Opposition leader David Cameron has told the prime minister that the Labour Party was "too incompetent" to remove him after last week's failed putsch.
During heated question time exchanges on 13 January 2010,
Mr Cameron said the past week had shown
that Mr Brown's cabinet and his party were "too disloyal to support him".
But Gordon Brown mocked the Tory leader over his "airbrushed" poster campaign and attacked his plans for tackling the recession as the "policies of the 1980s".
He said the Tory leader "looks very different" to his picture on the billboards around the country.
"If you can't get your photograph right, it's pretty difficult to get your policies right as well," he said.
Mr Cameron then asked Labour MPs which of them planned to use the prime minister's pictures on their election material.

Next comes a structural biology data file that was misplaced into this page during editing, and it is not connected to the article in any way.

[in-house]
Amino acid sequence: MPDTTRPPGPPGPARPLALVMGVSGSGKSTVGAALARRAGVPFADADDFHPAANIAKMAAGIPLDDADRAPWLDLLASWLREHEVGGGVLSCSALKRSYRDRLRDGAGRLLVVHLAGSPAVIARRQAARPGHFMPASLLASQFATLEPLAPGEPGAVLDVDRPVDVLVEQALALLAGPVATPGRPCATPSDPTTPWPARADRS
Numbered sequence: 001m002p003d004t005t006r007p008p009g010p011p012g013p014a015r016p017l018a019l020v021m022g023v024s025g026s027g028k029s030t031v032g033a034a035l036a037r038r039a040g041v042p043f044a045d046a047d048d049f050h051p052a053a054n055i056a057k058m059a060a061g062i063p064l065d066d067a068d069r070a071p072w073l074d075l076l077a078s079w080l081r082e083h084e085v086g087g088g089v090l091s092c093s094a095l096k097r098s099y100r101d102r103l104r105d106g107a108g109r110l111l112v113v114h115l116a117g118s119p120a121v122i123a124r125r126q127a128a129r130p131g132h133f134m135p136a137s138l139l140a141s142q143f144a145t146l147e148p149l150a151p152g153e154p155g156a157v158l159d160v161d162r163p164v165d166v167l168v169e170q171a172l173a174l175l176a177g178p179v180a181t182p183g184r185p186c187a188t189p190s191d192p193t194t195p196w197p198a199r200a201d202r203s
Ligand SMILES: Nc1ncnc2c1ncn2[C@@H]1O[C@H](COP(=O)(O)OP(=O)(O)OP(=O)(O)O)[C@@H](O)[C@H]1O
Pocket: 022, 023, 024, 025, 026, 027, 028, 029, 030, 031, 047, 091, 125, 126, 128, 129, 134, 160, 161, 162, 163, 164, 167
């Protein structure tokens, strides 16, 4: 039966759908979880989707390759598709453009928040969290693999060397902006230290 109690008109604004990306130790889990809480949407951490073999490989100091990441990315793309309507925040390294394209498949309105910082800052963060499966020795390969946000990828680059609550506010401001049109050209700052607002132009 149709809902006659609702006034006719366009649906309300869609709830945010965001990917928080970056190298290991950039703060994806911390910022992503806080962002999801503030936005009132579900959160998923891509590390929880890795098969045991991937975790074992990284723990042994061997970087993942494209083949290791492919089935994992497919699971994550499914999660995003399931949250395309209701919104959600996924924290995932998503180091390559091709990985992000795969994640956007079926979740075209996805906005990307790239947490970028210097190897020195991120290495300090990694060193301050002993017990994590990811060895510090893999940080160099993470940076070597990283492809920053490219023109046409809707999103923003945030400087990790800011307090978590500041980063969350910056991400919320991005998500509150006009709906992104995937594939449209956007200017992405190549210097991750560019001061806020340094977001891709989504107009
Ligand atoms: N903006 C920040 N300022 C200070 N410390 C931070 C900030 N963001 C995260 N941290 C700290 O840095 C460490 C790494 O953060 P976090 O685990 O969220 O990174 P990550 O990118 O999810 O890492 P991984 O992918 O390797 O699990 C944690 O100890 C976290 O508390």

As a handful of MPs put their hands up, Mr Cameron said: "There are six of them who don't want him in the cabinet and just four who are going to put his picture on it.
"He has been airbrushed out of the whole campaign," he quipped.
Mr Brown also faced calls from the Lib Dems to voluntarily bring forward his appearance at the Iraq Inquiry to before the General Election.
Nick Clegg said people were "entitled" to know Mr Brown's role
in the decision to go to war before voting as he "signed the cheques".
But the PM said he was acting on the recommendation of the Chilcot inquiry on when he should appear.
As prime minister's questions finished,
Speaker John Bercow announced that the Commons would hold an emergency debate
on Thursday after the Liberal Democrat MP for Birmingham Yardley, John Hemming, claimed he had been "intimidated" by a firm of solicitors.
Mr Hemming believed he had received an email amounting to a "contempt of the House", Mr Bercow told the Commons.